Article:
Offensively, the Yankees are still a potent force. With the recent resurgence of Jason Giambi, the middle of the lineup is packed with home run threats in Hideki Matsui, Gary Sheffield, Giambi and of course, Alex Rodriguez, who leads the team with 28 dingers. Derek Jeter has become the leadoff hitter by default, and his numbers are solid, as usual. Jeter is batting right around .300, with 12 homers, 10 steals and 76 runs scored to go with 39 RBI. Manager Joe Torre would probably prefer to have his all-star shortstop batting second, but he's got nobody else to fill the leadoff role adequately.

What they need to win: Quality starts will be the key to the Yankees' performance. Any time a starter can get through 6 innings, the Yankees have a reasonably good chance of winning. That's mostly because of the dominance of arguably the best closer in the game, Mariano Rivera (25 saves and an ERA of 0.83). Middle relievers Tom Gordon, Tanyon Sturtze and Felix Rodriguez are highly capable of getting a game to the ninth, when Rivera normally slams the door shut.

Another key to possible Yankee success and/or failure is the schedule, especially the last week of August and the first week of September when the Bombers will be playing the Royals, Mariners, A's and Devil Rays while the Red Sox take on the Tigers, Devil Rays, Orioles and Angels in the same time span. The Yanks also have a crucial set of seven games in ten days against the Orioles between September 19 and 29. The O's have proven to be a very worthwhile opponent this season, having already beaten the Yankees seven times in eleven outings.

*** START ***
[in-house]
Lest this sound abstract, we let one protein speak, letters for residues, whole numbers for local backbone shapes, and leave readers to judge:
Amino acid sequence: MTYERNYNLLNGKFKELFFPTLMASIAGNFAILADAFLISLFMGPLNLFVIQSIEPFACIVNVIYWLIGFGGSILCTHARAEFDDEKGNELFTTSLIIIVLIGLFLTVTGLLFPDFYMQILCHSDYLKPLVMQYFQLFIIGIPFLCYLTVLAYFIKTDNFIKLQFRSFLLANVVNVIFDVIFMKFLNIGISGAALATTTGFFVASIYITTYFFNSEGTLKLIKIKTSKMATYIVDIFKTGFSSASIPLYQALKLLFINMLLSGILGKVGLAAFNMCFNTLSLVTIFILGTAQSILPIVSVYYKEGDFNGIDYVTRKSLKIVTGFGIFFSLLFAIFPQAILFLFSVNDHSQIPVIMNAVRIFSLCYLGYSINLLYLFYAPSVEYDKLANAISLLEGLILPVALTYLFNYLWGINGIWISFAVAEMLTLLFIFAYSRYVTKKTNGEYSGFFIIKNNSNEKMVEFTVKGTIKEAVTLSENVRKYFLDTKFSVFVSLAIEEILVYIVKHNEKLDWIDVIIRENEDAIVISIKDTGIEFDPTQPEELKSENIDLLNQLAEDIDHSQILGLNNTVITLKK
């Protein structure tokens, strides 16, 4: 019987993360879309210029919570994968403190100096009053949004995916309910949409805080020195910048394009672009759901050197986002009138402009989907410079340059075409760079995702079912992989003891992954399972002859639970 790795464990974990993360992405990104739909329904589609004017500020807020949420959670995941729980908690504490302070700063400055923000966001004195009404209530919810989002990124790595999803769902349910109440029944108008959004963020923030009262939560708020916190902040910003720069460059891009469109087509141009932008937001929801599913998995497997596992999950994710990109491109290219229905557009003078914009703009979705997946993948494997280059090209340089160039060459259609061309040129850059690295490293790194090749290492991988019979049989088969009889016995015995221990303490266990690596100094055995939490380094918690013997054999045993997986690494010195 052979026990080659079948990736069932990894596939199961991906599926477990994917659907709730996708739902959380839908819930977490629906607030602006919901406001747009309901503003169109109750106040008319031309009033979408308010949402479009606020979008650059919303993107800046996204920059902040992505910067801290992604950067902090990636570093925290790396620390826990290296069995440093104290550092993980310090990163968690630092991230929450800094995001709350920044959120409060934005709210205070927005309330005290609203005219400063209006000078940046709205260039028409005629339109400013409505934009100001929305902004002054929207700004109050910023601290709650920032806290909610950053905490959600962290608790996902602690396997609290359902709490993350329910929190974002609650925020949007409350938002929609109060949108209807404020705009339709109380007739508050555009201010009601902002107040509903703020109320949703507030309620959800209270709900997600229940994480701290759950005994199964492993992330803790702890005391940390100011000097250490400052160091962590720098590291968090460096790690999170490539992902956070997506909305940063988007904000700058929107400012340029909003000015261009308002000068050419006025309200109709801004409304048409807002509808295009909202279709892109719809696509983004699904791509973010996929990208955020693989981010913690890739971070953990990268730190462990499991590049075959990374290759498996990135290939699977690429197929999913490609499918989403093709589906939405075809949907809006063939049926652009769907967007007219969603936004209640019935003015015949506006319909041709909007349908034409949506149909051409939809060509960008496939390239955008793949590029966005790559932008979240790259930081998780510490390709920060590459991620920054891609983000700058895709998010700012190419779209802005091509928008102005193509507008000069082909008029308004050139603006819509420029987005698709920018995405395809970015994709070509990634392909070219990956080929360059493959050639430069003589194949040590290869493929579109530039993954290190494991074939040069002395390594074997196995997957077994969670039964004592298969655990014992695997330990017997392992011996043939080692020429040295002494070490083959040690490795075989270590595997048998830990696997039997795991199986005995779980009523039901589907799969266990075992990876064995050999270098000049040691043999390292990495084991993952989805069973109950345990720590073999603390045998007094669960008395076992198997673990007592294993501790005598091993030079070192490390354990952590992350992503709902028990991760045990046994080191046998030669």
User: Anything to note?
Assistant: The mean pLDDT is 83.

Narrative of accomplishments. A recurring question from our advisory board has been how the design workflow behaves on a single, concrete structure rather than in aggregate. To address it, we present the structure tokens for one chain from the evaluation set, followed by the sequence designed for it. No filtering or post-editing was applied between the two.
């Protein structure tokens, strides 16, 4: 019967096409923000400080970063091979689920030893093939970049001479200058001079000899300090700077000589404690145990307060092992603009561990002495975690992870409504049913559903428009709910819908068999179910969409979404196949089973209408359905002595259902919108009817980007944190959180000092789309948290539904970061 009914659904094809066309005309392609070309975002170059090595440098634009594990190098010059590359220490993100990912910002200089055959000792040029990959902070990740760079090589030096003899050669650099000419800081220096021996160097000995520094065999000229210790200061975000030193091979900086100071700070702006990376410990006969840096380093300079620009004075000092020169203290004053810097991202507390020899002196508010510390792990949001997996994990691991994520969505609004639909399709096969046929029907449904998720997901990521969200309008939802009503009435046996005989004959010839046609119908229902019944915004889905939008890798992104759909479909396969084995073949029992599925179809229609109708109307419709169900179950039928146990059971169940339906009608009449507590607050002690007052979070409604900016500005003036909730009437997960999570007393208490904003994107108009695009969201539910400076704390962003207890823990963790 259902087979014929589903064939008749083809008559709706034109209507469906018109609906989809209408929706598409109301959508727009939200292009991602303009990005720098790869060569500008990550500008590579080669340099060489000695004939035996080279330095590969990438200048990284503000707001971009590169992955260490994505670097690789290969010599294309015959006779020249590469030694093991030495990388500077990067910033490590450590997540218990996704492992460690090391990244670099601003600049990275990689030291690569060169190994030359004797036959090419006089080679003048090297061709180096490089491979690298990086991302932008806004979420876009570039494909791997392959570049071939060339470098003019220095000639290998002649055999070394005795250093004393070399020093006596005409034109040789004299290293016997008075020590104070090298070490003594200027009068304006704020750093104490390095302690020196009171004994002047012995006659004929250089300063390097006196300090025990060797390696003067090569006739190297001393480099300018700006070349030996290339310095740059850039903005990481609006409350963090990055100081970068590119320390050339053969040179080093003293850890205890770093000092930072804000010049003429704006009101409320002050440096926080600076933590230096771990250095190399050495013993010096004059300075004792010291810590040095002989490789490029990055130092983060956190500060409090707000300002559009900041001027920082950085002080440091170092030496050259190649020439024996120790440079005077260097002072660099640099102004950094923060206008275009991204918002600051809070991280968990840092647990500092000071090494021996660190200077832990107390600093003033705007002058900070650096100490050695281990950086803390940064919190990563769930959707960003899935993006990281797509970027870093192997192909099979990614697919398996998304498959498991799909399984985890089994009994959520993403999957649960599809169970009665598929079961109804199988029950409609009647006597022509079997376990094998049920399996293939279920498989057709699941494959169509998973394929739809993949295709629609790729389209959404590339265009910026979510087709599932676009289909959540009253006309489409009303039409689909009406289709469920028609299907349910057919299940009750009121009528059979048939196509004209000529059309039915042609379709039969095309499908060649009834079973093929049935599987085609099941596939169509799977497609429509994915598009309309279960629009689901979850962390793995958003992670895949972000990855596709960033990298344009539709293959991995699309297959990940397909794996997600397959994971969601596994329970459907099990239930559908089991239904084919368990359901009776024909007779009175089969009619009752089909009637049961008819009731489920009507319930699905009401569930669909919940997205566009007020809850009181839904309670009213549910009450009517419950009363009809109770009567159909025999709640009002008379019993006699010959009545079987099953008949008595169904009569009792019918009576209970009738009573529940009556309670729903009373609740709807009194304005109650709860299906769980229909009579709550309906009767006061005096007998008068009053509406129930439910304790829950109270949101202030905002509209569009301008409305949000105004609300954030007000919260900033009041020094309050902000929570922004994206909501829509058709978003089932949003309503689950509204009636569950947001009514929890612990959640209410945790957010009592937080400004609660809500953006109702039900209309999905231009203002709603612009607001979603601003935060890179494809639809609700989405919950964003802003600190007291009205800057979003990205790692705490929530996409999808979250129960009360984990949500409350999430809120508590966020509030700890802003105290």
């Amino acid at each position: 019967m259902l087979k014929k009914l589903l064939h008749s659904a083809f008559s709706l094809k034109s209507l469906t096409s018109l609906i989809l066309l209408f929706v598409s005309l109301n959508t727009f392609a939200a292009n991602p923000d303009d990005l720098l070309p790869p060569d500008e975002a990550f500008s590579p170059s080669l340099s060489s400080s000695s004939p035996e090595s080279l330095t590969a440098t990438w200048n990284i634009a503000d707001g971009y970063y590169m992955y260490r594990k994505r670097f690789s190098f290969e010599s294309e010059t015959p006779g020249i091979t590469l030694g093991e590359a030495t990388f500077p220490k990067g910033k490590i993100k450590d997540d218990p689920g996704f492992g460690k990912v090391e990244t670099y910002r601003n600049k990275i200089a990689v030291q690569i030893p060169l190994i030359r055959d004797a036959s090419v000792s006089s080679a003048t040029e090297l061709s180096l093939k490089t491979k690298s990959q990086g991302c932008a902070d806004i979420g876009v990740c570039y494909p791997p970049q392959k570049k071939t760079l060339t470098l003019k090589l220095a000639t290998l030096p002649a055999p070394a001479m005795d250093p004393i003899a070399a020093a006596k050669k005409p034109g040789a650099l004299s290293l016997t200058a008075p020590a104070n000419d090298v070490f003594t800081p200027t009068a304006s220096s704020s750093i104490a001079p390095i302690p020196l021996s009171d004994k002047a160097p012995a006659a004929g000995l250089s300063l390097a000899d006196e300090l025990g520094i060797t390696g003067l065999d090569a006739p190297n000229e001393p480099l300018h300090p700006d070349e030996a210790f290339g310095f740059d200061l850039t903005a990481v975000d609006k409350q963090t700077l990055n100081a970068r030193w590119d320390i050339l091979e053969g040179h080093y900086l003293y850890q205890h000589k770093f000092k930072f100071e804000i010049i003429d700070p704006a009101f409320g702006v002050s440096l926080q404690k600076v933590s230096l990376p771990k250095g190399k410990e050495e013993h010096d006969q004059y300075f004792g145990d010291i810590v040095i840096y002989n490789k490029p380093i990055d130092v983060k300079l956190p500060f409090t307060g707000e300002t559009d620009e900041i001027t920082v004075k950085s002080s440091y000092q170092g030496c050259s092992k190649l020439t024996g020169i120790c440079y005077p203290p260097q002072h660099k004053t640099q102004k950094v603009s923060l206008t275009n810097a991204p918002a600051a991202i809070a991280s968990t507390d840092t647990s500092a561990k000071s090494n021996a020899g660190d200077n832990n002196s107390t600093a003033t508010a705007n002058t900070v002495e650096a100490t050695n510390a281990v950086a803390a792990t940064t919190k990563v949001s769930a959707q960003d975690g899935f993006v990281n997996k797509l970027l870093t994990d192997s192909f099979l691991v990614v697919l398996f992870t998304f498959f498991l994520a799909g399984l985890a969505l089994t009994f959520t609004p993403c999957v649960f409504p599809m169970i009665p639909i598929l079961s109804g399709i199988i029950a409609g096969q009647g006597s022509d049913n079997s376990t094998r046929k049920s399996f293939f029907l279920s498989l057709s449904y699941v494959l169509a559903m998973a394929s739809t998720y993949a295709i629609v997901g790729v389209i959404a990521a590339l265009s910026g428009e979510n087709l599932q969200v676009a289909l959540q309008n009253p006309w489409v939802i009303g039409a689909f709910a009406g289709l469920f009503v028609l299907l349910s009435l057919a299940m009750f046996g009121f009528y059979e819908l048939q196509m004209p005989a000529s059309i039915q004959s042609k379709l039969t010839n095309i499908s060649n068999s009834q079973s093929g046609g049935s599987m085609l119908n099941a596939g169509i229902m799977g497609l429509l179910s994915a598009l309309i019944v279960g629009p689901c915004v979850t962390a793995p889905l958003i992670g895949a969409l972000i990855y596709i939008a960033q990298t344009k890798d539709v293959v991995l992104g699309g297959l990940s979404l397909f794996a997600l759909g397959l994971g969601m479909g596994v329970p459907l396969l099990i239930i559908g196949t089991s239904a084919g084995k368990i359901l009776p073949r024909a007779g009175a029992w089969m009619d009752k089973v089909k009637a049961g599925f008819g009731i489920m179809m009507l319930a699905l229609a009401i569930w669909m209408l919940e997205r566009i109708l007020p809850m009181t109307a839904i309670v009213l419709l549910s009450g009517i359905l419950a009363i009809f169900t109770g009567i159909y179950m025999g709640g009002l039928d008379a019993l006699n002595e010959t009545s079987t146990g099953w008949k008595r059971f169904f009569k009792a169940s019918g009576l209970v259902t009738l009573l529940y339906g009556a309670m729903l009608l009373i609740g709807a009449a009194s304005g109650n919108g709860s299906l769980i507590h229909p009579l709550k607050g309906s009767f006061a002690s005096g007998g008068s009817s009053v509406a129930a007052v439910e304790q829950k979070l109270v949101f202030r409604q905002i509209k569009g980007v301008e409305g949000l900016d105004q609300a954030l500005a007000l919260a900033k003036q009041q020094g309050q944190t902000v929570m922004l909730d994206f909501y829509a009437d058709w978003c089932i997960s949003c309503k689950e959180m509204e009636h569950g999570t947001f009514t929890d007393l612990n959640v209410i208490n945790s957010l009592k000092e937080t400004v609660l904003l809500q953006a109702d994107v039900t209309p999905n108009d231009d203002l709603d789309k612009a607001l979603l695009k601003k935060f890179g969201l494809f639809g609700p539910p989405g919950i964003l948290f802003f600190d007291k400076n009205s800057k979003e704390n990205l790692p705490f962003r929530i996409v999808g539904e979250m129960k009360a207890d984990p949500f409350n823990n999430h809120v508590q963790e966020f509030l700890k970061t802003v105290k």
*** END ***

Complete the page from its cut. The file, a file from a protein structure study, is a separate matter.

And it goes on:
Baltimore Orioles: The O's have one of the most productive lineups in the majors, starting with 2nd baseman Brian Roberts, who began the season red hot and has tailed off a bit, though he's still batting .333. From the leadoff spot, Roberts has been the catalyst for a Baltimore team that has already surpassed anybody's expectations, knocking in 51 runs on 15 homers while also swiping 19 bases.

While Roberts has cooled, Miguel Tejada has heated up. Tejada leads the team in hits (126) homers (21), RBI (66) and is tied with Roberts with 60 runs scored. Having either Sammy Sosa or Rafael Palmiero hitting behind him and Melvin Mora (.296, 14 HR, 49 RBI) hitting in front of him, has allowed Tejada to see better pitches all season and he's been making the most of it. With contributions from players like catcher Javy Lopez and outfielders B. J. Surhoff, Luis Matos, Larry Bigbe and Jay Gibbons the O's have the look of a serious contender.

Pitching has been less than spectacular, but starters Sidney Ponson, Rodrigo Lopez, Bruce Chen and Daniel Cabrera have been pretty consistent, garnering 28 wins between them. Fifth starter, Erik Bedard, has been even better, going 5-2 in 11 starts, compiling a 2.11 ERA along the way. Bedard spent some time on the DL, but looks good to be a factor down the stretch.

If the starters can get through six or seven, Jorge Julio or Todd Williams usually take to the mound. After that, it's up to B. J. Ryan, who has emerged as one of the more reliable closers in the AL this season, finishing the deal 22 times in 25 times, though two of his blown saves have been to the Yankees and Red Sox. Ryan has a nice K-BB ratio, having struck out 67 batters while walking only 16 in 46 innings of work.